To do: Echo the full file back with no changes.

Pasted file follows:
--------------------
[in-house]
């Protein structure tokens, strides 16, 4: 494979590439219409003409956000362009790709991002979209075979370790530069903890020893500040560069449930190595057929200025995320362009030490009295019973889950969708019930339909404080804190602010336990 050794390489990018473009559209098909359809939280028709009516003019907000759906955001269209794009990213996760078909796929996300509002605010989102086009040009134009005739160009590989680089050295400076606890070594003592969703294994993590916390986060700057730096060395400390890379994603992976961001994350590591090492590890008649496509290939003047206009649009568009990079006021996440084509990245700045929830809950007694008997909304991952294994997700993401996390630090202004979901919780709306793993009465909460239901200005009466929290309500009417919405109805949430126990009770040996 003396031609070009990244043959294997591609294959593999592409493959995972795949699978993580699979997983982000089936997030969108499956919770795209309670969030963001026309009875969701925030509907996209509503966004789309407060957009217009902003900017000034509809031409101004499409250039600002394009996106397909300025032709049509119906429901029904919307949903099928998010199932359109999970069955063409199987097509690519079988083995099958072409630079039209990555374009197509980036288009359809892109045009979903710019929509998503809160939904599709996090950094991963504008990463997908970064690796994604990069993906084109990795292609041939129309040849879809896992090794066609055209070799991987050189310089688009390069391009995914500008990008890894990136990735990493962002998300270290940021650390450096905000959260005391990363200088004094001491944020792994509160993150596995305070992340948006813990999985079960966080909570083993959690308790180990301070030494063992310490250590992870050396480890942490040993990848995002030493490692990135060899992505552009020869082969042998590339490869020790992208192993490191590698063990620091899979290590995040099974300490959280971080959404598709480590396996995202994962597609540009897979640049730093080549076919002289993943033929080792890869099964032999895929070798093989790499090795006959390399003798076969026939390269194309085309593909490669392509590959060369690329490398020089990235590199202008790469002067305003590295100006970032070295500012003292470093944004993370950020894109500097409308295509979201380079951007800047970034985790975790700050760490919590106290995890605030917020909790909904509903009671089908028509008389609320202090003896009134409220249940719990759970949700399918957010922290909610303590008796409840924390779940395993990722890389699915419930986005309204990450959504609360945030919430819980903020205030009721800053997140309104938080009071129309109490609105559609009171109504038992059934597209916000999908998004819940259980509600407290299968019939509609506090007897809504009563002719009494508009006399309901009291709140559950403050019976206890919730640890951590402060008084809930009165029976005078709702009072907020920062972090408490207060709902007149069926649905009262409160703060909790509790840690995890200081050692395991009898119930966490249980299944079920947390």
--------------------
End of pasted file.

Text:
[in-house]
């Protein structure tokens, strides 16, 4: 494979590439219409003409956000362009790709991002979209075979370790530069903890020893500040560069449930190595057929200025995320362009030490009295019973889950969708019930339909404080804190602010336990 050794390489990018473009559209098909359809939280028709009516003019907000759906955001269209794009990213996760078909796929996300509002605010989102086009040009134009005739160009590989680089050295400076606890070594003592969703294994993590916390986060700057730096060395400390890379994603992976961001994350590591090492590890008649496509290939003047206009649009568009990079006021996440084509990245700045929830809950007694008997909304991952294994997700993401996390630090202004979901919780709306793993009465909460239901200005009466929290309500009417919405109805949430126990009770040996 003396031609070009990244043959294997591609294959593999592409493959995972795949699978993580699979997983982000089936997030969108499956919770795209309670969030963001026309009875969701925030509907996209509503966004789309407060957009217009902003900017000034509809031409101004499409250039600002394009996106397909300025032709049509119906429901029904919307949903099928998010199932359109999970069955063409199987097509690519079988083995099958072409630079039209990555374009197509980036288009359809892109045009979903710019929509998503809160939904599709996090950094991963504008990463997908970064690796994604990069993906084109990795292609041939129309040849879809896992090794066609055209070799991987050189310089688009390069391009995914500008990008890894990136990735990493962002998300270290940021650390450096905000959260005391990363200088004094001491944020792994509160993150596995305070992340948006813990999985079960966080909570083993959690308790180990301070030494063992310490250590992870050396480890942490040993990848995002030493490692990135060899992505552009020869082969042998590339490869020790992208192993490191590698063990620091899979290590995040099974300490959280971080959404598709480590396996995202994962597609540009897979640049730093080549076919002289993943033929080792890869099964032999895929070798093989790499090795006959390399003798076969026939390269194309085309593909490669392509590959060369690329490398020089990235590199202008790469002067305003590295100006970032070295500012003292470093944004993370950020894109500097409308295509979201380079951007800047970034985790975790700050760490919590106290995890605030917020909790909904509903009671089908028509008389609320202090003896009134409220249940719990759970949700399918957010922290909610303590008796409840924390779940395993990722890389699915419930986005309204990450959504609360945030919430819980903020205030009721800053997140309104938080009071129309109490609105559609009171109504038992059934597209916000999908998004819940259980509600407290299968019939509609506090007897809504009563002719009494508009006399309901009291709140559950403050019976206890919730640890951590402060008084809930009165029976005078709702009072907020920062972090408490207060709902007149069926649905009262409160703060909790509790840690995890200081050692395991009898119930966490249980299944079920947390």